You may be apprehensive about students buying-in to your chosen experiential learning type. What should you tell them? How can you help them see the importance of experiential learning and frame it in such a way that they take ownership of the opportunity? What does research say about the benefits of experiential learning for students’ success in the classroom and workforce?
This webpage seeks to equip you with the answers to these questions and be ready to explain the academic and professional value of experiential learning.
There are numerous academic benefits that are associated with experiential learning. The Association of American Colleges and Universities (2018) notes that high-impact practices, which include types of experiential learning such as undergraduate research, service-learning, and internships, “have been widely tested and have been shown to be beneficial for college students from many backgrounds, especially historically underserved students, who often do not have equitable access to high-impact learning.”
Furthermore, experiential learning can expose students to potential career opportunities while they are still students:
- For example, students participating in experiential learning can be encouraged to reflect on these opportunities to determine if their real-world experience is all that they hoped it would be. This can allow students to confirm a career pathway, but it could also prompt a student to consider a different major if preconceptions about the discipline do not match their lived experience.
- Experiential learning contexts may serve as crucibles whereby students “take initiative, make decisions, and [become] accountable for results” (Association for Experiential Education, 2018) while still remaining safe spaces to take risks and explore other areas of interest.
Students can also be encouraged by how experiential learning opportunities can substantially strengthen their marketability to future employers. Consider the following analysis from a study conducted by Hart Research Associates (2013) that surveyed 318 employers:
- Employers endorse a blended model of liberal and applied learning.
- Employers are highly focused on innovation as critical to the success of their companies, and they report that the challenges their employees face today are more complex and require a broader skill set than in the past.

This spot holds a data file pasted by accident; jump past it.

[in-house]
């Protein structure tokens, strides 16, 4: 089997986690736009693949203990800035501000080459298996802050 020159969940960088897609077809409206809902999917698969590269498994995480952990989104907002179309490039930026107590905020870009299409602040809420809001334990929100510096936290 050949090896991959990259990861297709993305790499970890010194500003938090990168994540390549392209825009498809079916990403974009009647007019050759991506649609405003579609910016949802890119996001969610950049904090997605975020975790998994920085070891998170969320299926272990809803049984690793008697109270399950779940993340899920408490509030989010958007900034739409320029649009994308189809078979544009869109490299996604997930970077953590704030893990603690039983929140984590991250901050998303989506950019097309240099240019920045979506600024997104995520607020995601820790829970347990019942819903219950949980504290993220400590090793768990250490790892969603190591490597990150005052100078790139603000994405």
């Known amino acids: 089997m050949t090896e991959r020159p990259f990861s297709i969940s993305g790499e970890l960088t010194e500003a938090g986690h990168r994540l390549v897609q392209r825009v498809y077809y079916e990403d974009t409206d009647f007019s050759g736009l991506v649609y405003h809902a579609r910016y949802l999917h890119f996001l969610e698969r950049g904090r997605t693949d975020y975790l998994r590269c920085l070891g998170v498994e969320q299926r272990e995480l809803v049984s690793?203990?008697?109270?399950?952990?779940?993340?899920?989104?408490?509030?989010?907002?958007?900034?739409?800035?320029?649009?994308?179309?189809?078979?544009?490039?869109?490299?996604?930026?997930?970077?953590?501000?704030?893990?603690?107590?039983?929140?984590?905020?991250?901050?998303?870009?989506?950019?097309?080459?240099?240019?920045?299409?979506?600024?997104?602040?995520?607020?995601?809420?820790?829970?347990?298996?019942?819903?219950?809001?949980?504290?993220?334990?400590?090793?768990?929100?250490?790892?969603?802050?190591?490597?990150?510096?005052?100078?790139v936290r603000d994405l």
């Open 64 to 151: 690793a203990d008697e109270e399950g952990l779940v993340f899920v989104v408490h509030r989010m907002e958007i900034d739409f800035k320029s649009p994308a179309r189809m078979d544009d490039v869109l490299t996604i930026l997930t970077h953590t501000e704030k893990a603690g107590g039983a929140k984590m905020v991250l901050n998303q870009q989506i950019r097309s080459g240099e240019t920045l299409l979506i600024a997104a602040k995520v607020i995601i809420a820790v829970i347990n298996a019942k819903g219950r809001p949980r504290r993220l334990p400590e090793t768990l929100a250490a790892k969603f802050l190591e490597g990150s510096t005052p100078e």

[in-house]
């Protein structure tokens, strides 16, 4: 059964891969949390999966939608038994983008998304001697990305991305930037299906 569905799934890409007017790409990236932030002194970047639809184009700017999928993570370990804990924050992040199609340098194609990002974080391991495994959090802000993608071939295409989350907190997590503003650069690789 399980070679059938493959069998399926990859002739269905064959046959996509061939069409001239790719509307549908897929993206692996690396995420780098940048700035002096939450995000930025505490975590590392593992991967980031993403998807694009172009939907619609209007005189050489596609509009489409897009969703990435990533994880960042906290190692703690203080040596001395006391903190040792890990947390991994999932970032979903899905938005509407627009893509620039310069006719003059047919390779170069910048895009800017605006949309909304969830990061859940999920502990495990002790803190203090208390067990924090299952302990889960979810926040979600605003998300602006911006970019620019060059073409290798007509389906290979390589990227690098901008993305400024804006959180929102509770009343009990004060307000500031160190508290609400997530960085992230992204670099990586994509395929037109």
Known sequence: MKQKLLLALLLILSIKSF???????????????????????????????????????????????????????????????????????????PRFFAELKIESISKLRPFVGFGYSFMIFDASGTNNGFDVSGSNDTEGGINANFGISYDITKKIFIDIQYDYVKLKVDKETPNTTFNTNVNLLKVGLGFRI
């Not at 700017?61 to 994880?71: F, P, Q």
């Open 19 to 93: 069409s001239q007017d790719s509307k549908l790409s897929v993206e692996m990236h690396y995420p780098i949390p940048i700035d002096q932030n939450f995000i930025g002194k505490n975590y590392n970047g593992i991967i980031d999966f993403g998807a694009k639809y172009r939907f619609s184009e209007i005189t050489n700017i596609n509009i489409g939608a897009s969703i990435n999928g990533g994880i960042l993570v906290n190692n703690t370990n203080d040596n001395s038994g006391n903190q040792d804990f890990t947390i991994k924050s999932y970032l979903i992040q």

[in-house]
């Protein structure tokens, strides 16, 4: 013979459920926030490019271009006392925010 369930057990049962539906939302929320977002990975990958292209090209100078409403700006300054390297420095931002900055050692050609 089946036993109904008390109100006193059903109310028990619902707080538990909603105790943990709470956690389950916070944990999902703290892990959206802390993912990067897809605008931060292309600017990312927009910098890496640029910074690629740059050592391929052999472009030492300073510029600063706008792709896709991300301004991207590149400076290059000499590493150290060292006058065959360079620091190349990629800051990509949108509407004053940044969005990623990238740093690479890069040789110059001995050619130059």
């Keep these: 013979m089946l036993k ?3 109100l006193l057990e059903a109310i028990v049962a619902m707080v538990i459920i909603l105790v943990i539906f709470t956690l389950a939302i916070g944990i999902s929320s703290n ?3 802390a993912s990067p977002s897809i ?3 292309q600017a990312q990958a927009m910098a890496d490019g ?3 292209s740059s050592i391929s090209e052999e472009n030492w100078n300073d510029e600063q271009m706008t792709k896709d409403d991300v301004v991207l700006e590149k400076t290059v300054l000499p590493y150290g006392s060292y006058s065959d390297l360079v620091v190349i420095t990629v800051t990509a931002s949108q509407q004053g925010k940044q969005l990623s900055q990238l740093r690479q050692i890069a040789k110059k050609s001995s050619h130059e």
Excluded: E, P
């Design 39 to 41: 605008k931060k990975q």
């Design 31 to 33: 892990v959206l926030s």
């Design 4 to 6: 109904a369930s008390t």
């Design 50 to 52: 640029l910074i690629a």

- Across several areas tested, employers strongly endorse educational practices that involve students in active, effortful work—practices that involve such things as collaborative problem solving, research, senior projects, community engagement, and internships.
- More than three in four employers say they want colleges to place more emphasis on helping students develop five key learning outcomes, including critical thinking, complex problem solving, written and oral communication, and applied knowledge in real-world settings.
- Employers consistently rank outcomes and practices that involve application of skills over acquisition of discrete bodies of knowledge. They also strongly endorse practices that require students to demonstrate both acquisition of knowledge and its application.
Fortunately, the skills and characteristics that employers are looking for in new college graduates are the very ones developed in experiential learning contexts. Consider the following four student learning outcomes for the Experience Learning initiative at the University of Tennessee-Knoxville (2016):
Association for Experiential Education. (2018). What is experiential education? Retrieved from https://www.aee.org/what-is-ee
Association of American Colleges & Universities. (2018). High-impact practices. Retrieved from https://www.aacu.org/resources/high-impact-practices
Hart Research Associates. (2013). It takes more than a major: Employer priorities for college learning and student success. Liberal Education, 99(2). Retrieved from https://www.aacu.org/publications-research/periodicals/it-takes-more-major-employer-priorities-college-learning-and
Kuh, George D. (2008). “High-impact educational practices: What they are, who has access to them, and why they matter.” AAC&U, Washington, D.C. 34 pp.